"Now faith is the assurance of things hoped for, the conviction of things not seen."
Picture a lecture hall filled with 20 something-year-old students at a fancy divinity school. It's the end of the spring semester, our final New Testament class. We're feeling pretty good about ourselves, full of knowledge, ready to share with all who would listen.
At the end of his lecture, Professor Malherbe closes his Bible, looks up from his notes:
"I want you to remember that in the churches you will serve, toward the back of the sanctuary Sunday after Sunday will sit a quiet, elderly woman and man who will know more about faith than you will ever know."
There are so many things I do not remember of the notes I scribbled in my Bible. But I remember Professor Malherbe's final words as I string together words for the memorials for Bob, Peggy and Mary Jean, sit alone with Irene, holding her hand, in these last hours of her life. Giving thanks from a grateful pastor and church, for all they have taught us about faith. The kind of kind of faith that shows up Sunday after Sunday in the same pew. Waits, with coffee in hand, for the Bible class to begin.
The faith that is here not because it is easy, but because there is no other place they would rather be.
The faith that walks, when to walk is to stumble, through the death of the son, the diagnosis of cancer, the stroke that takes their strength away, through the slow steady losing of memory that cannot keep pace with the notes they've left pinned around the house.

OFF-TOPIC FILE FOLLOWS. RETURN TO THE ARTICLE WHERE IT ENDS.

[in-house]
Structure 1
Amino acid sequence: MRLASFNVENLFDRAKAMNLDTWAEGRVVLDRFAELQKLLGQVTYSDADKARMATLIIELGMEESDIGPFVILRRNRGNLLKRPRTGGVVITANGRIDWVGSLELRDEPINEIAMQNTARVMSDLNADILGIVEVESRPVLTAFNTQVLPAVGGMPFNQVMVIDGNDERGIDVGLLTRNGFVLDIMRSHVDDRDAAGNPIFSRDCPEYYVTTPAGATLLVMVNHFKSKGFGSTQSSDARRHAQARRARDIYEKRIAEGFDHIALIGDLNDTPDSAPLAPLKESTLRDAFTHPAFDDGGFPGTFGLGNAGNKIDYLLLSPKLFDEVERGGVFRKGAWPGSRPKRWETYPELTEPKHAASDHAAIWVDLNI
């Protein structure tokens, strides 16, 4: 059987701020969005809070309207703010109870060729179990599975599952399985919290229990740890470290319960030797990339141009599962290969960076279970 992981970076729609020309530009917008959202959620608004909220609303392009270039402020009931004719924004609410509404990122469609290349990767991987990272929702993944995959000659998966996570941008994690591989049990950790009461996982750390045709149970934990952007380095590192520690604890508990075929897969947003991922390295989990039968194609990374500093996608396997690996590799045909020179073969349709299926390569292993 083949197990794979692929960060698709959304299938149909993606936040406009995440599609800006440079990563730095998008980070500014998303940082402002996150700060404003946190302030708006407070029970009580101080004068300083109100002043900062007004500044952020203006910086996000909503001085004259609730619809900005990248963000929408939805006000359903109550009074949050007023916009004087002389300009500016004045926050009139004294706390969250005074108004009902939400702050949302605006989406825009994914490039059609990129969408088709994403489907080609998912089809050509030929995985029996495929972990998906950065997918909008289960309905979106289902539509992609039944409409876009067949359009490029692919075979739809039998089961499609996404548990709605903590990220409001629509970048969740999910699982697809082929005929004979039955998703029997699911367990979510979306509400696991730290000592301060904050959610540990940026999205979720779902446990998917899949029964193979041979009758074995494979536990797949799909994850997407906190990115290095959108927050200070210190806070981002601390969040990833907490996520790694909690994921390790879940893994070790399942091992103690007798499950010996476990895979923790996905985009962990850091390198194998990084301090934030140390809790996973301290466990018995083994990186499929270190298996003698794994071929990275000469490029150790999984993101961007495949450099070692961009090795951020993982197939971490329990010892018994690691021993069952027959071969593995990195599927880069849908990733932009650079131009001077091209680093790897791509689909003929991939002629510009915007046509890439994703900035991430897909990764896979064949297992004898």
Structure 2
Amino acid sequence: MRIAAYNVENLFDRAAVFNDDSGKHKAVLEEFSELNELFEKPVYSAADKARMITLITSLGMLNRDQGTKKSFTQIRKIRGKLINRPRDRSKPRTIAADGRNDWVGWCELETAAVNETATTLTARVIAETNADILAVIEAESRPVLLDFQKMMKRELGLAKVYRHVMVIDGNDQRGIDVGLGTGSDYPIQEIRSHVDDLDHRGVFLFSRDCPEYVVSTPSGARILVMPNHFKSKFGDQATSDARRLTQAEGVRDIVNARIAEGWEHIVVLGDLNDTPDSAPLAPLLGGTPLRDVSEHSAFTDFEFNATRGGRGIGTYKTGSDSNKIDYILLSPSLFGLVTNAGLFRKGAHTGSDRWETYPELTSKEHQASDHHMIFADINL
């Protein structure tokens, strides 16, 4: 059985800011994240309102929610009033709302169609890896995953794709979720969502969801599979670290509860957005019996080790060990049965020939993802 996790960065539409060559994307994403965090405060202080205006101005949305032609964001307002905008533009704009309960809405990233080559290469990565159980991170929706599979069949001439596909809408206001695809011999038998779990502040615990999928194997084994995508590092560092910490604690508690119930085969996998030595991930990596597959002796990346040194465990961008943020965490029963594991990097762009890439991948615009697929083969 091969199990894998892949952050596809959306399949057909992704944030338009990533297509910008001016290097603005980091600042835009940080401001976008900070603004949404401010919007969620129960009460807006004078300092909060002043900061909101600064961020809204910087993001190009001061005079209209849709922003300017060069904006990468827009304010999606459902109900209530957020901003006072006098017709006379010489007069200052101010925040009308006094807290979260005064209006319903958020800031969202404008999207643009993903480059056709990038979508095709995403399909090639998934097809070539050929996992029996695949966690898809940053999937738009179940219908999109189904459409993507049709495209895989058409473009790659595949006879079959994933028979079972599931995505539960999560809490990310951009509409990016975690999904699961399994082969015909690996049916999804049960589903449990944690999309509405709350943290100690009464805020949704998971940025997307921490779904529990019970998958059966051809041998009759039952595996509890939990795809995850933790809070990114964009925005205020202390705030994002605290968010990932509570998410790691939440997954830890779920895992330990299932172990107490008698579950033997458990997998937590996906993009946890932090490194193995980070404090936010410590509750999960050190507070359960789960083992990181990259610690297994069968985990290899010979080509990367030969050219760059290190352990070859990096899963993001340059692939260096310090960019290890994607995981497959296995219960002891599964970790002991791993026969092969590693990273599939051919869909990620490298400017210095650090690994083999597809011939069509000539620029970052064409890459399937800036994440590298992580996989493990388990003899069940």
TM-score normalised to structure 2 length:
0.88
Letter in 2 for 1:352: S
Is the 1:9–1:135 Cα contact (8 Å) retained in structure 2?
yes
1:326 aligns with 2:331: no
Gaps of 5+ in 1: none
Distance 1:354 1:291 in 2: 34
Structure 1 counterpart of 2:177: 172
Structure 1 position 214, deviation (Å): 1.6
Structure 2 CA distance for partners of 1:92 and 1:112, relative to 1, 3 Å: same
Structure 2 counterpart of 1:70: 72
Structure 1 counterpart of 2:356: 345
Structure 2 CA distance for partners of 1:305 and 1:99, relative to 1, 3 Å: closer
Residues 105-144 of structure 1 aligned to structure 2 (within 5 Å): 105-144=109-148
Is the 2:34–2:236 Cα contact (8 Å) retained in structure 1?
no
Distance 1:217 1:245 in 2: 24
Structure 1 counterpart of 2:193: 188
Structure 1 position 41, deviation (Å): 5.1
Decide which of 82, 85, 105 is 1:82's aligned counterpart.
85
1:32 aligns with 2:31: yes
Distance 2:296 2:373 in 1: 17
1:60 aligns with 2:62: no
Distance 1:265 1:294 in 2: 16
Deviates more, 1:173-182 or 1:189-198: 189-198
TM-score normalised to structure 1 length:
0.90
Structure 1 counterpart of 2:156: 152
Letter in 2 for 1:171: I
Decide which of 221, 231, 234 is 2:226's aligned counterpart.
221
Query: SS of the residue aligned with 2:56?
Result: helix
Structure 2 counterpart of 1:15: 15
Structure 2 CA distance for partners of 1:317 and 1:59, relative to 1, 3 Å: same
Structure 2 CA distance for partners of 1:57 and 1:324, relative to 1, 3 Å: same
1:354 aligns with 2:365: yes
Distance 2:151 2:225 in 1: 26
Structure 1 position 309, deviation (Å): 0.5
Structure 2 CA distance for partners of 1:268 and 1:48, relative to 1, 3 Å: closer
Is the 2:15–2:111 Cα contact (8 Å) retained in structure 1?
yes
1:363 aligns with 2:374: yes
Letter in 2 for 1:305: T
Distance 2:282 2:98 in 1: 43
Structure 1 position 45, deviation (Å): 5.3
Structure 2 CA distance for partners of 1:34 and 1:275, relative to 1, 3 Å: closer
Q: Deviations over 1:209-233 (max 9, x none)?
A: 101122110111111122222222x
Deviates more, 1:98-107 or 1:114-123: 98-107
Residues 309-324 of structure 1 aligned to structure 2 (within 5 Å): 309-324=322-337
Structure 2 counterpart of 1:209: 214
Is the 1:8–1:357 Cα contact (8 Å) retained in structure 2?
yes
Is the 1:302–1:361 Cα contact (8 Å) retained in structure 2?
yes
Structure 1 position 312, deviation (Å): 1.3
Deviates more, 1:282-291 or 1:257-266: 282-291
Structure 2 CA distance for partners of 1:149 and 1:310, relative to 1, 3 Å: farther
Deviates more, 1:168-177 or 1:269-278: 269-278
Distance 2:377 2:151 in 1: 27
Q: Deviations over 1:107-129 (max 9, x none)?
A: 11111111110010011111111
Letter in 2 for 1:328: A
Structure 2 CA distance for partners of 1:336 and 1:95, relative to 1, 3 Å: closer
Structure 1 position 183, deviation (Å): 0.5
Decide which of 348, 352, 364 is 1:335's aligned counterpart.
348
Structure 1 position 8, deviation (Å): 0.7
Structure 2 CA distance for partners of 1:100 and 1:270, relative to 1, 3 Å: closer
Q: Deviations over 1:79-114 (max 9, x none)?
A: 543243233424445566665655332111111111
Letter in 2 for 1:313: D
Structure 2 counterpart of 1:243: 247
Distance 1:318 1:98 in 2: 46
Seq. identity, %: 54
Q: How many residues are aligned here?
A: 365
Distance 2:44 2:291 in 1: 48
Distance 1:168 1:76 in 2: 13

The faith that takes the hand of their beloved and walks them to the nursing home, where each day, spoon in one hand, hers in another, he feeds his wife soup.
The faith that looks up and says, I am ready to die when the time comes, and today, I am ready to live.
No, not the fancy and heady kind of student's faith, full of words and argument, but the kind of faith that I pray to grow into. The kind of faith they are teaching me to live in the quiet, steady patterns of my life.
Thank you, God, for those who show us what faith is all about and inspire us to live such a faith in the patterns of our lives.
Peter Ilgenfritz is a Minister and Member of the Leadership Staff at University Congregational United Church of Christ, Seattle, Washington.